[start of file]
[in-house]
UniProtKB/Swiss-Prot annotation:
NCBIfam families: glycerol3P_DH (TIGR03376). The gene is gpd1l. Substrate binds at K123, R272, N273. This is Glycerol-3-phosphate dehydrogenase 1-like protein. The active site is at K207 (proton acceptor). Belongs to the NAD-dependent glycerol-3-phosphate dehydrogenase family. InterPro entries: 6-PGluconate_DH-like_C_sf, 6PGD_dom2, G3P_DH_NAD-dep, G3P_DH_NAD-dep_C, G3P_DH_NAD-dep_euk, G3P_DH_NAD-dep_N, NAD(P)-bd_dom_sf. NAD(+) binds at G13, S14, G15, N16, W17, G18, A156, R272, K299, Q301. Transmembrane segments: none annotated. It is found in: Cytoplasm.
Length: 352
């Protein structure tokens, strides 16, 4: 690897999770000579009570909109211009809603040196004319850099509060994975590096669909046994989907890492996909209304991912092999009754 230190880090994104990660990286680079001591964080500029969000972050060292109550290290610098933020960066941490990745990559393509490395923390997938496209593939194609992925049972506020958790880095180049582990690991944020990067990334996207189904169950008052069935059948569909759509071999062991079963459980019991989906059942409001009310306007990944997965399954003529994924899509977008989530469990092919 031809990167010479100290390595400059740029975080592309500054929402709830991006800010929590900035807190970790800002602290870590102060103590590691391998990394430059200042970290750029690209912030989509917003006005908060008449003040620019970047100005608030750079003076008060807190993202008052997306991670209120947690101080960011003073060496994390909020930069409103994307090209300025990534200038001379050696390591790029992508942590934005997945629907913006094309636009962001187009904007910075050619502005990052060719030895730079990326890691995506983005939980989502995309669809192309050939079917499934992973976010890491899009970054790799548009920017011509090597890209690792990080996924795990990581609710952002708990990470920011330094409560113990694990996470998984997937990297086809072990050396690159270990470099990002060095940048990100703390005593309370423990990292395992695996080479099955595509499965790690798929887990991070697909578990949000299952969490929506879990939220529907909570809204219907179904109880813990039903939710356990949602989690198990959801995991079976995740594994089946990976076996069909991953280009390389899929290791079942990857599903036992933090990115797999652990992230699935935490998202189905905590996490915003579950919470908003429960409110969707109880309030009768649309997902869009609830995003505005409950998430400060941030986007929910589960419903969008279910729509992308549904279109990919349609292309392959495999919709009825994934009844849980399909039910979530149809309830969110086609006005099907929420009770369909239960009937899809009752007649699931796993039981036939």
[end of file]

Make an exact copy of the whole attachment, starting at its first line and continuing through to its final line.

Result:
[in-house]
UniProtKB/Swiss-Prot annotation:
NCBIfam families: glycerol3P_DH (TIGR03376). The gene is gpd1l. Substrate binds at K123, R272, N273. This is Glycerol-3-phosphate dehydrogenase 1-like protein. The active site is at K207 (proton acceptor). Belongs to the NAD-dependent glycerol-3-phosphate dehydrogenase family. InterPro entries: 6-PGluconate_DH-like_C_sf, 6PGD_dom2, G3P_DH_NAD-dep, G3P_DH_NAD-dep_C, G3P_DH_NAD-dep_euk, G3P_DH_NAD-dep_N, NAD(P)-bd_dom_sf. NAD(+) binds at G13, S14, G15, N16, W17, G18, A156, R272, K299, Q301. Transmembrane segments: none annotated. It is found in: Cytoplasm.
Length: 352
């Protein structure tokens, strides 16, 4: 690897999770000579009570909109211009809603040196004319850099509060994975590096669909046994989907890492996909209304991912092999009754 230190880090994104990660990286680079001591964080500029969000972050060292109550290290610098933020960066941490990745990559393509490395923390997938496209593939194609992925049972506020958790880095180049582990690991944020990067990334996207189904169950008052069935059948569909759509071999062991079963459980019991989906059942409001009310306007990944997965399954003529994924899509977008989530469990092919 031809990167010479100290390595400059740029975080592309500054929402709830991006800010929590900035807190970790800002602290870590102060103590590691391998990394430059200042970290750029690209912030989509917003006005908060008449003040620019970047100005608030750079003076008060807190993202008052997306991670209120947690101080960011003073060496994390909020930069409103994307090209300025990534200038001379050696390591790029992508942590934005997945629907913006094309636009962001187009904007910075050619502005990052060719030895730079990326890691995506983005939980989502995309669809192309050939079917499934992973976010890491899009970054790799548009920017011509090597890209690792990080996924795990990581609710952002708990990470920011330094409560113990694990996470998984997937990297086809072990050396690159270990470099990002060095940048990100703390005593309370423990990292395992695996080479099955595509499965790690798929887990991070697909578990949000299952969490929506879990939220529907909570809204219907179904109880813990039903939710356990949602989690198990959801995991079976995740594994089946990976076996069909991953280009390389899929290791079942990857599903036992933090990115797999652990992230699935935490998202189905905590996490915003579950919470908003429960409110969707109880309030009768649309997902869009609830995003505005409950998430400060941030986007929910589960419903969008279910729509992308549904279109990919349609292309392959495999919709009825994934009844849980399909039910979530149809309830969110086609006005099907929420009770369909239960009937899809009752007649699931796993039981036939």